Tuesday, April 06, 2021 11:00 AM
On Holocaust and Heroism Remembrance Day, the Bnei Brith World Center and KKL-JNF will hold a ceremony unique both in Israel and abroad dedicated to the heroism of Jews who rescued other Jews.
The Scroll of Fire in KKL-JNF 's Martyrs Forest. (Photo: Yaakov Shkolnik, KKL-JNF Photo Archive)
This year's ceremony is dedicated to the heroism of Wilhelm Fielderman and Yitzhak Artzi (Romania), Jose Aboulker (Algeria) and ten additional Jewish rescuers who were active in Poland, France, Hungary, Austria and Belgium. For the first time, residents of the land of Israel who risked their lives saving other Jews during the Holocaust will also be honored: The parachutist Hannah Senesh and the director of the Jewish Agency Aliya Department, Moshe Haim Shapira.
On Holocaust and Heroism Remembrance Day, which this year falls on Thursday, 26 Nisan, 5781/April 8, 2021, the Bnei Brith World Center and KKL-JNF will hold a ceremony unique both in Israel and abroad dedicated to marking the heroism and heritage of Jews who rescued other Jews during the Holocaust. The ceremony will take place at the Scroll of Fire plaza in KKL-JNF 's Martyrs Forest
and will begin when the siren sounds at 10:00. Due to Corona limitations, this year's ceremony will take place in the presence of a limited number of people, including representatives of the families of the rescuers, survivors and speakers. The ceremony will be broadcast live on YouTube
Speakers at the ceremony include KKL-JNF World Chairman Avraham Duvdevani
; Bnei Brith World Center Chairman Haim Katz
; Brigadier General Yehuda Yehoshua
, Commander of the Border Police Military Corps School; the Romanian Ambassador to Israel, Radu Ioanid
; Arye Barnea
, attorney-at-law and the Chairman of the Jews Rescued Jews Committee; and Noam Semel
, the Director General of the Habimah National Theater, the son-in-law of Yitzhak Artzi and the brother-in-law of the singer Shlomo Artzi. During the ceremony, Jewish Rescuers Citations will be presented to 13 Jewish rescuers who were active in Algeria, Romania, Hungary, France, Poland, Austria and Belgium by the Bnei Brith World Center and the Jews Rescued Jews Committee (JRJ).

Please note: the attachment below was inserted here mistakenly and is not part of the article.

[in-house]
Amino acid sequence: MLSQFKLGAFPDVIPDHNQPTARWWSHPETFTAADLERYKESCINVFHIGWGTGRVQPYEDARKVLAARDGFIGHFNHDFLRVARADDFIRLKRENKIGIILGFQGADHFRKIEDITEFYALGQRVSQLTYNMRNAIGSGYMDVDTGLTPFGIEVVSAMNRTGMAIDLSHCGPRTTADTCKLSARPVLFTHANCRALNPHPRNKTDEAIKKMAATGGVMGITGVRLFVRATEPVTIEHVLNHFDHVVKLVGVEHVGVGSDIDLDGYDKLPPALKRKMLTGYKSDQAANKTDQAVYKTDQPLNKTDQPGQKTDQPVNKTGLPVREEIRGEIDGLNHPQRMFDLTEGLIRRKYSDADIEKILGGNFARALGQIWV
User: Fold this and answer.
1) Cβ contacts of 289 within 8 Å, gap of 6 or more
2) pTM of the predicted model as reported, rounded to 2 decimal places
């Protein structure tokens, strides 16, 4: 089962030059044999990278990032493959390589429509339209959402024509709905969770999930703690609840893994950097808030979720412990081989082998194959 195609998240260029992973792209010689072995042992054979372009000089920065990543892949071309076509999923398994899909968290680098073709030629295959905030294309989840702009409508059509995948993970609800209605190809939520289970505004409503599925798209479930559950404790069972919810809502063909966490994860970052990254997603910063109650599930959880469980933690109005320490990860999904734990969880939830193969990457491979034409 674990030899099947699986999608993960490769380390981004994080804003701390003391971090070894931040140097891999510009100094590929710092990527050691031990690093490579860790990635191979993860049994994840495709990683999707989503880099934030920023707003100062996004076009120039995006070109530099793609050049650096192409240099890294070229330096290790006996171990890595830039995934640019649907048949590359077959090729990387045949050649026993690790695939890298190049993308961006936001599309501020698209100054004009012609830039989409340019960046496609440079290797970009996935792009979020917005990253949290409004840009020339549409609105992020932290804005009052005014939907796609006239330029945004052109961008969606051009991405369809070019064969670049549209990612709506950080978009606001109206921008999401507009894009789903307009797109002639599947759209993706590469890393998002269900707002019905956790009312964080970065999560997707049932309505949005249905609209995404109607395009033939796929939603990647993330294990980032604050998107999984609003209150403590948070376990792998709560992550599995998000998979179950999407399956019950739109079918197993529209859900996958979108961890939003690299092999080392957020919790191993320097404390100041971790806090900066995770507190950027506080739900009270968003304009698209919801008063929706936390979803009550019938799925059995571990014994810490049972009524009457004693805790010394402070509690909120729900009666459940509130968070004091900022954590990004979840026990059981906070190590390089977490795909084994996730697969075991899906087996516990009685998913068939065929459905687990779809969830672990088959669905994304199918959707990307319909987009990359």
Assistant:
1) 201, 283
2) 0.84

In what has become an annual tradition, the ceremony was held at Martyrs Forest in the shade of the Scroll of Fire monument, which tells the story of the exile, the Holocaust, and the rebirth of the Jewish people in the land of Israel. Martyrs Forest which was planted in the 1950s, is the largest joint project of the Bnei Brith World Organization and KKL-JNF, along with being the first Holocaust memorial site to be created in Israel. About six million trees
have been planted in this forest in memory of the victims of the Holocaust. In various sites throughout the forest there are memorials in memory of the many communities that were destroyed and also in memory of Bnei Brith members from Germany and throughout occupied Europe who were murdered during the Holocaust.
Since the end of the year 2000, a group of survivors from Jerusalem, the JRJ and representatives of the Bnei Brith World Center have been promoting diverse activities whose goal is to position the topic of the Jewish rescuers on the public agenda. The committee also collects the stories of Jewish rescuers in a data base that already includes hundreds of rescuers. "Jewish Rescuers Citations" was established in 2011 with the purpose of honoring the work of the heroes who had the courage to help their brethren in times of distress and to rebel against the bitter fate that the Germans had in store for each and every Jew. They risked their lives and demonstrated exemplary solidarity in order to ensure continued Jewish existence on the soil of Europe or to help them arrive at safe shores. To date, citations have been presented to about 350 Jewish rescuers from Germany, Holland, France, Slovakia, Greece, Russia, Yugoslavia, Ukraine, Austria, Belarus, Italy, Poland, Morocco, Algeria, Hungary and Belgium.